"I think federal employees are aware of this issue of their negative image, but the awareness varies by agency ... and location," said Philip Hoffman, a program coordinator at the National Marine Fisheries Service, part of the National Oceanic and Atmospheric Administration. "D.C. folks practically bathe in it every morning. National Park Service or Coast Guard folks, out in smaller towns around the country, may not ever encounter this sentiment."
Federal employees say they suffer from the poor public standing of political institutions — particularly Congress, whose approval rating is at an all-time low.
"The public sees ‘government' as Capitol Hill, the presidency and elected officials," said Hannah Bowers, an analyst at the Veterans Affairs Department. "[And] the only time government workers are mentioned in the media is when one of us is caught for some sort of unethical behavior."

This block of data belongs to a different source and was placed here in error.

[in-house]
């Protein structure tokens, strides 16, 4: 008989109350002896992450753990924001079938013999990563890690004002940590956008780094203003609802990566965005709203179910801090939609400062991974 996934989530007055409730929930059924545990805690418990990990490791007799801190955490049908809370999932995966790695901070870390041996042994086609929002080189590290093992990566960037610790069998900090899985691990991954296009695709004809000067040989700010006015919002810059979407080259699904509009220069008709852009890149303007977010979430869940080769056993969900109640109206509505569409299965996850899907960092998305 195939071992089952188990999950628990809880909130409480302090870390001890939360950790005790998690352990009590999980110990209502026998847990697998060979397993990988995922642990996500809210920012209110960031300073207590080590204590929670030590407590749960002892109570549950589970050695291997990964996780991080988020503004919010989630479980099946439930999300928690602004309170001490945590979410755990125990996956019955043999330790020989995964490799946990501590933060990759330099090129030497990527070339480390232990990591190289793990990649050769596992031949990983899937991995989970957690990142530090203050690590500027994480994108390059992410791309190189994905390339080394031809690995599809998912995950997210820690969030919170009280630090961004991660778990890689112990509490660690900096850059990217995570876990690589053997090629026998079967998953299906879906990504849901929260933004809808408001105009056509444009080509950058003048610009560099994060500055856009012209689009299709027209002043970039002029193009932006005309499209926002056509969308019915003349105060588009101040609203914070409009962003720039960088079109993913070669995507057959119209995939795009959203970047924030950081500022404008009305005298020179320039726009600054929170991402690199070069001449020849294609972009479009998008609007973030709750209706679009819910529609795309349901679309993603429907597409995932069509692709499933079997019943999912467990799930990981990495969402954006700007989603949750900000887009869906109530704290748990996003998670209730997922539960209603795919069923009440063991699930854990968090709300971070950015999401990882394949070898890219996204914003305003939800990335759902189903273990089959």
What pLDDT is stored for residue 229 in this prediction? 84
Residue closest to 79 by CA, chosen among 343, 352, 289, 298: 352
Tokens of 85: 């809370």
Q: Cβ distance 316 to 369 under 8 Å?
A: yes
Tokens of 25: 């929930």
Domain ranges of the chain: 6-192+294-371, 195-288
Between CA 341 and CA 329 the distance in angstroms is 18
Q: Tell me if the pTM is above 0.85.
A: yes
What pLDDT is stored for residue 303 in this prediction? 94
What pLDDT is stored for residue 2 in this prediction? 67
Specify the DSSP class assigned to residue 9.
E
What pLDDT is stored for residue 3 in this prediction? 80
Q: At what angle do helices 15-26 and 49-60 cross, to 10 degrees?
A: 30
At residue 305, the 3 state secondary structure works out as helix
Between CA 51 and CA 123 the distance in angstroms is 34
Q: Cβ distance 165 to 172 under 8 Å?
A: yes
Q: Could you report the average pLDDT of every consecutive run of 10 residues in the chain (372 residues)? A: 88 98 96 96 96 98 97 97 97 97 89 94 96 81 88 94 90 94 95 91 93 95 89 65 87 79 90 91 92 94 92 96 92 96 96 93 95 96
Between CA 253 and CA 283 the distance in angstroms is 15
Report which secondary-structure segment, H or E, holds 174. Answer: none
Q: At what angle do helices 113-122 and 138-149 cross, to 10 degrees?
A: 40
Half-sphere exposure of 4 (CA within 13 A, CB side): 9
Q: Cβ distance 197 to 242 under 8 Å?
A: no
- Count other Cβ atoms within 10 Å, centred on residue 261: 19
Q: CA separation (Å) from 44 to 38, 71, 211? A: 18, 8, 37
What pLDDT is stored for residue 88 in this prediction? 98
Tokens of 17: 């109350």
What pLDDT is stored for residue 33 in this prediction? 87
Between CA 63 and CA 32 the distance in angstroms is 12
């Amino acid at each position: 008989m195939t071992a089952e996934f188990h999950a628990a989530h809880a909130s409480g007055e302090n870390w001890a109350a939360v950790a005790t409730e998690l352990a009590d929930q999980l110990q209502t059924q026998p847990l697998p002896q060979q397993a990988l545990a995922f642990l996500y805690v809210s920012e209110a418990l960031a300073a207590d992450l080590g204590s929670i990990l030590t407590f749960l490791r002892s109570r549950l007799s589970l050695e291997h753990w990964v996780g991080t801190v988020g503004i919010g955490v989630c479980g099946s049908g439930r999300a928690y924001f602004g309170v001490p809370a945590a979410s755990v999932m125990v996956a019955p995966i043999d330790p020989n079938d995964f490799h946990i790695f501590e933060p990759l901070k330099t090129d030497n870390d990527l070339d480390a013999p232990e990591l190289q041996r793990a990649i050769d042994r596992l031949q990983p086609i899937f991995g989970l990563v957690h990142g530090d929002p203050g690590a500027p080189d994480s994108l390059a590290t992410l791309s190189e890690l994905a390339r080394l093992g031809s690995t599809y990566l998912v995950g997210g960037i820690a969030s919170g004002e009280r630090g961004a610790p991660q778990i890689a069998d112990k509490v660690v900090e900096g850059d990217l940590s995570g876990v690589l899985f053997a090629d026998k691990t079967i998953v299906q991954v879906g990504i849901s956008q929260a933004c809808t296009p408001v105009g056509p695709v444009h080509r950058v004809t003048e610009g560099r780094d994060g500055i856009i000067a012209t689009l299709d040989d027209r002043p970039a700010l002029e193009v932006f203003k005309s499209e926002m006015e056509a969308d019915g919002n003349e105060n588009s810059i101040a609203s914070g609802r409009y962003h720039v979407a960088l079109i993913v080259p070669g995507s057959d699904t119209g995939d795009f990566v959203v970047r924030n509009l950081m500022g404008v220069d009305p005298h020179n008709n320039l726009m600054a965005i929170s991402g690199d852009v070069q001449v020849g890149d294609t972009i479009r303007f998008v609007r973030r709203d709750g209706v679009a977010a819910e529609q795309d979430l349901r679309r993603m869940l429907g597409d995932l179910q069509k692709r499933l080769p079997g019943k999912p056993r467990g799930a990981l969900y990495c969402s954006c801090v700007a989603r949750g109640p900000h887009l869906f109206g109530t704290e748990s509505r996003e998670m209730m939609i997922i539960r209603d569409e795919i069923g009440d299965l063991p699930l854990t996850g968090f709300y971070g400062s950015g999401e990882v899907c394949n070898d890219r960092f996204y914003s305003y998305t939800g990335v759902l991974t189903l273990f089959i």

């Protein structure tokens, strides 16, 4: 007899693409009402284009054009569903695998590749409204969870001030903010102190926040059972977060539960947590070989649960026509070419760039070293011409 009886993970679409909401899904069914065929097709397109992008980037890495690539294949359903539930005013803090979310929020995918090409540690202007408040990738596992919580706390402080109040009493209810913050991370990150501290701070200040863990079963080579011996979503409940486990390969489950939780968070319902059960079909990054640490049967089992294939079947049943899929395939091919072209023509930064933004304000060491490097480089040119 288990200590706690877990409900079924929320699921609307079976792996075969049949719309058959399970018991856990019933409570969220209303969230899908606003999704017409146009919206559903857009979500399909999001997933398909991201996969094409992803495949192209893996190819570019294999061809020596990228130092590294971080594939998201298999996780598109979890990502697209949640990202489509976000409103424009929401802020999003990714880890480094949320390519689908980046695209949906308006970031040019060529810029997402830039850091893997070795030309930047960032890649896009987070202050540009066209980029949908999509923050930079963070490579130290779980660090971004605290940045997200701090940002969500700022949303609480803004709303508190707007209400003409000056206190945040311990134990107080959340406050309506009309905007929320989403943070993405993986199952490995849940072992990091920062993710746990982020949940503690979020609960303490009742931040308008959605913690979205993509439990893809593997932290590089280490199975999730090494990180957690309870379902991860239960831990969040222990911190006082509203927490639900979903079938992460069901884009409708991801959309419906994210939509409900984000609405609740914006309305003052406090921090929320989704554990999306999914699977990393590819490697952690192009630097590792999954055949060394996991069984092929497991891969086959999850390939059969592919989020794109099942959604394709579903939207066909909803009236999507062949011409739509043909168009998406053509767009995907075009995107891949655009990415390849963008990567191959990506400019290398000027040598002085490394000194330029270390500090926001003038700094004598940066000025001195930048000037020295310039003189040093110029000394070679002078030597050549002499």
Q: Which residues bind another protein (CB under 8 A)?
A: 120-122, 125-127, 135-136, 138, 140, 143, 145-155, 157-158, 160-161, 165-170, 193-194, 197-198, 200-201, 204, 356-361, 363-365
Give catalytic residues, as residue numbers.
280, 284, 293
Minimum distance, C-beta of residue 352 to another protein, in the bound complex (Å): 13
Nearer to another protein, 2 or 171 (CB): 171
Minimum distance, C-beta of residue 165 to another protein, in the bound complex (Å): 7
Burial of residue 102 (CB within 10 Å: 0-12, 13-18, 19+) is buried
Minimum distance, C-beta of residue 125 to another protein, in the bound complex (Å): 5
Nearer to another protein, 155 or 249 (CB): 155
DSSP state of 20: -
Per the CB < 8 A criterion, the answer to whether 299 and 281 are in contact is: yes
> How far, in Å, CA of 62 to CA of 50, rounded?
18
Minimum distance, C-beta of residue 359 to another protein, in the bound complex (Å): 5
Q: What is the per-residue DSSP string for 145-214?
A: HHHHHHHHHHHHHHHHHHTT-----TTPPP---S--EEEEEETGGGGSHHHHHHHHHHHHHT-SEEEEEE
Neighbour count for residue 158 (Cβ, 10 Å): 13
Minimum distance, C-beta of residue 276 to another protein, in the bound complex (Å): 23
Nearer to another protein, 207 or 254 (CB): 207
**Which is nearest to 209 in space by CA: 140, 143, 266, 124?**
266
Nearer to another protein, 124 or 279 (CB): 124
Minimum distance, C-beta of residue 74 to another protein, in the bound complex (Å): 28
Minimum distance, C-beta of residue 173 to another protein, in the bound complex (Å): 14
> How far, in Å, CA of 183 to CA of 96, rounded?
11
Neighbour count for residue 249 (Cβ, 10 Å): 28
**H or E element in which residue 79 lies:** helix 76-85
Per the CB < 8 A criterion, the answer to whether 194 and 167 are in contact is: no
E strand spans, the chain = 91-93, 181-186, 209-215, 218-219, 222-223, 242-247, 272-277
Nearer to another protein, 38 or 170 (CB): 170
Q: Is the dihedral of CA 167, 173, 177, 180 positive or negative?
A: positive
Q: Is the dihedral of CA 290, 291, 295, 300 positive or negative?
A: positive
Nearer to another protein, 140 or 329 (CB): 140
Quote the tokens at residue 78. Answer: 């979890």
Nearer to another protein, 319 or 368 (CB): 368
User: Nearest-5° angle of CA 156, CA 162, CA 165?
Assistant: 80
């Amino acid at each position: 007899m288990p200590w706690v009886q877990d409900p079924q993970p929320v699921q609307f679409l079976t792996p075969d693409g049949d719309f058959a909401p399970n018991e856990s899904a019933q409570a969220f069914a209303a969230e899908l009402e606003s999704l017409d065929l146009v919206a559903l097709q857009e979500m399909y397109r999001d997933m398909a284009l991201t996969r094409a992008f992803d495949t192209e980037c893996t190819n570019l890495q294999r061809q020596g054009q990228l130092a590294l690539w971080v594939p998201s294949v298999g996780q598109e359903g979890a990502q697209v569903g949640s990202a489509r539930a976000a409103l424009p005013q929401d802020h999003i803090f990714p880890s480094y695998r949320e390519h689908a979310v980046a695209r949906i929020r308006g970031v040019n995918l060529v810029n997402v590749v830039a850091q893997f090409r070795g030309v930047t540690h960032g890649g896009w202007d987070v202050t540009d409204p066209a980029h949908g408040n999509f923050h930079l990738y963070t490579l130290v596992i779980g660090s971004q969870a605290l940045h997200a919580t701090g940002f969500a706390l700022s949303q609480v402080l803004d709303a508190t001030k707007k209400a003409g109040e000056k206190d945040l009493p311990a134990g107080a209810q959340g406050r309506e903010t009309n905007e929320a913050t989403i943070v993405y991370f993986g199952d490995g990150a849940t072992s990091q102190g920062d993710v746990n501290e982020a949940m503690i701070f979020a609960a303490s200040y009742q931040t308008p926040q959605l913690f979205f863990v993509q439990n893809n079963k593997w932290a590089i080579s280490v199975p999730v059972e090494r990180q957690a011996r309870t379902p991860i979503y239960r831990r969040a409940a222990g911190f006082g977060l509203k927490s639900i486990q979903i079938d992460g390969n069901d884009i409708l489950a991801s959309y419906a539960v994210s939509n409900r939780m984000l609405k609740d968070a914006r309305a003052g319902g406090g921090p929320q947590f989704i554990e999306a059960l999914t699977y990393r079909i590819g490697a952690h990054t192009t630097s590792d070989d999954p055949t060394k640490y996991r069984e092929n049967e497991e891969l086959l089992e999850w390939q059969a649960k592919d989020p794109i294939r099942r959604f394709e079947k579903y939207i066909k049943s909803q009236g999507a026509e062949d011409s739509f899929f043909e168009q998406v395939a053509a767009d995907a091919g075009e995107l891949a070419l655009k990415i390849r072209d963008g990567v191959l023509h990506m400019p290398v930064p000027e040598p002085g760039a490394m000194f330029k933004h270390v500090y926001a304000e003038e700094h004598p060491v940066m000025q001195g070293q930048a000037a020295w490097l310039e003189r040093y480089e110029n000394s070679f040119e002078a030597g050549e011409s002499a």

But feds are divided on how to counteract that perception. Some suggest outreach and advertising campaigns, aimed at explaining how their work benefits the public; others say a public relations blitz would only lead to charges of wasteful government spending.
"I'm not sure it should be feds, because on the occasions when you see the federal government advertise, people criticize that as a waste," Ressler said, pointing to the Census Bureau's $2.5 million Super Bowl ad as an example. "I'm not sure whose job it is to change that perception."